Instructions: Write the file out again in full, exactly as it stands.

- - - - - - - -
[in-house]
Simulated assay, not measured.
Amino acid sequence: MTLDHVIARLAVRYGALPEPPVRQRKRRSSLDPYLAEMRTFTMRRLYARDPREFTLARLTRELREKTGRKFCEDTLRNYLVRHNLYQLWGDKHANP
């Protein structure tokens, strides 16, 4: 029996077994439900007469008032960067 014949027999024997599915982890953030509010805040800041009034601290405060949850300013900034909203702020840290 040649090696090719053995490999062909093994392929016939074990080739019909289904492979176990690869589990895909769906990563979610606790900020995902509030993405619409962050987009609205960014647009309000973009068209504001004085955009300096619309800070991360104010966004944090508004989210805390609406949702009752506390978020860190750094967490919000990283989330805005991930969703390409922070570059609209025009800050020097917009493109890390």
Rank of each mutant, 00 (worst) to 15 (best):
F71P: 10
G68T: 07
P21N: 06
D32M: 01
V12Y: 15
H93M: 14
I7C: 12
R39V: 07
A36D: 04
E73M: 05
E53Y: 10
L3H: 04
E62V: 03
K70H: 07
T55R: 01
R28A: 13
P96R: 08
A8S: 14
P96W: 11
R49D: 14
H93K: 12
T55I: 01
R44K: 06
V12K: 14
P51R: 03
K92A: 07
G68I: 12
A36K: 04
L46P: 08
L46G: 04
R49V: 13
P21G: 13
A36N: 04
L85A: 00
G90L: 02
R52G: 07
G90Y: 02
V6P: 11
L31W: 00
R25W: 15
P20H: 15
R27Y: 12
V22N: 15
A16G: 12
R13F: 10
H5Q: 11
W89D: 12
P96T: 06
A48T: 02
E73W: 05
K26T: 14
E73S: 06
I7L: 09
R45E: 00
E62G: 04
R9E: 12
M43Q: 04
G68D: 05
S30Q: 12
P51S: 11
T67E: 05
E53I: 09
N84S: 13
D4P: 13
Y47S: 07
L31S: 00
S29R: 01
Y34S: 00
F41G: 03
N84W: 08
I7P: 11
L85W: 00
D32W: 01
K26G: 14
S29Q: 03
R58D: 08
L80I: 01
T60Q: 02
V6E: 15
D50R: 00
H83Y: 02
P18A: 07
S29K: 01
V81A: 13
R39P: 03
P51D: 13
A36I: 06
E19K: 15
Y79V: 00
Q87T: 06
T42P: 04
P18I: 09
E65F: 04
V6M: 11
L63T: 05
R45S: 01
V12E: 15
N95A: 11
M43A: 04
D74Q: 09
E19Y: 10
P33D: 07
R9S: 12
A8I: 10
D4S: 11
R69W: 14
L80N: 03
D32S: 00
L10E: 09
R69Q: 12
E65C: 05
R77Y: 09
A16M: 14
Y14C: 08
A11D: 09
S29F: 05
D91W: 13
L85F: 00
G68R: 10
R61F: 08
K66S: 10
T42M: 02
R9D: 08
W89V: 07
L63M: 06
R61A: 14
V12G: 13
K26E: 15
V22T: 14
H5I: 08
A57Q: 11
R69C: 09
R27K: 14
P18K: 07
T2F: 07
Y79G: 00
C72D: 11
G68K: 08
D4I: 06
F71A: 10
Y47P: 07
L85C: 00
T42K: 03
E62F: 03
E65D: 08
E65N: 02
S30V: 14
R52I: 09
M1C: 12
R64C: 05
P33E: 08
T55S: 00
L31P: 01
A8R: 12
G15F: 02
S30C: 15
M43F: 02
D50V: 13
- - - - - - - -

[in-house]
Simulated assay, not measured.
Amino acid sequence: MTLDHVIARLAVRYGALPEPPVRQRKRRSSLDPYLAEMRTFTMRRLYARDPREFTLARLTRELREKTGRKFCEDTLRNYLVRHNLYQLWGDKHANP
């Protein structure tokens, strides 16, 4: 029996077994439900007469008032960067 014949027999024997599915982890953030509010805040800041009034601290405060949850300013900034909203702020840290 040649090696090719053995490999062909093994392929016939074990080739019909289904492979176990690869589990895909769906990563979610606790900020995902509030993405619409962050987009609205960014647009309000973009068209504001004085955009300096619309800070991360104010966004944090508004989210805390609406949702009752506390978020860190750094967490919000990283989330805005991930969703390409922070570059609209025009800050020097917009493109890390």
Rank of each mutant, 00 (worst) to 15 (best):
F71P: 10
G68T: 07
P21N: 06
D32M: 01
V12Y: 15
H93M: 14
I7C: 12
R39V: 07
A36D: 04
E73M: 05
E53Y: 10
L3H: 04
E62V: 03
K70H: 07
T55R: 01
R28A: 13
P96R: 08
A8S: 14
P96W: 11
R49D: 14
H93K: 12
T55I: 01
R44K: 06
V12K: 14
P51R: 03
K92A: 07
G68I: 12
A36K: 04
L46P: 08
L46G: 04
R49V: 13
P21G: 13
A36N: 04
L85A: 00
G90L: 02
R52G: 07
G90Y: 02
V6P: 11
L31W: 00
R25W: 15
P20H: 15
R27Y: 12
V22N: 15
A16G: 12
R13F: 10
H5Q: 11
W89D: 12
P96T: 06
A48T: 02
E73W: 05
K26T: 14
E73S: 06
I7L: 09
R45E: 00
E62G: 04
R9E: 12
M43Q: 04
G68D: 05
S30Q: 12
P51S: 11
T67E: 05
E53I: 09
N84S: 13
D4P: 13
Y47S: 07
L31S: 00
S29R: 01
Y34S: 00
F41G: 03
N84W: 08
I7P: 11
L85W: 00
D32W: 01
K26G: 14
S29Q: 03
R58D: 08
L80I: 01
T60Q: 02
V6E: 15
D50R: 00
H83Y: 02
P18A: 07
S29K: 01
V81A: 13
R39P: 03
P51D: 13
A36I: 06
E19K: 15
Y79V: 00
Q87T: 06
T42P: 04
P18I: 09
E65F: 04
V6M: 11
L63T: 05
R45S: 01
V12E: 15
N95A: 11
M43A: 04
D74Q: 09
E19Y: 10
P33D: 07
R9S: 12
A8I: 10
D4S: 11
R69W: 14
L80N: 03
D32S: 00
L10E: 09
R69Q: 12
E65C: 05
R77Y: 09
A16M: 14
Y14C: 08
A11D: 09
S29F: 05
D91W: 13
L85F: 00
G68R: 10
R61F: 08
K66S: 10
T42M: 02
R9D: 08
W89V: 07
L63M: 06
R61A: 14
V12G: 13
K26E: 15
V22T: 14
H5I: 08
A57Q: 11
R69C: 09
R27K: 14
P18K: 07
T2F: 07
Y79G: 00
C72D: 11
G68K: 08
D4I: 06
F71A: 10
Y47P: 07
L85C: 00
T42K: 03
E62F: 03
E65D: 08
E65N: 02
S30V: 14
R52I: 09
M1C: 12
R64C: 05
P33E: 08
T55S: 00
L31P: 01
A8R: 12
G15F: 02
S30C: 15
M43F: 02
D50V: 13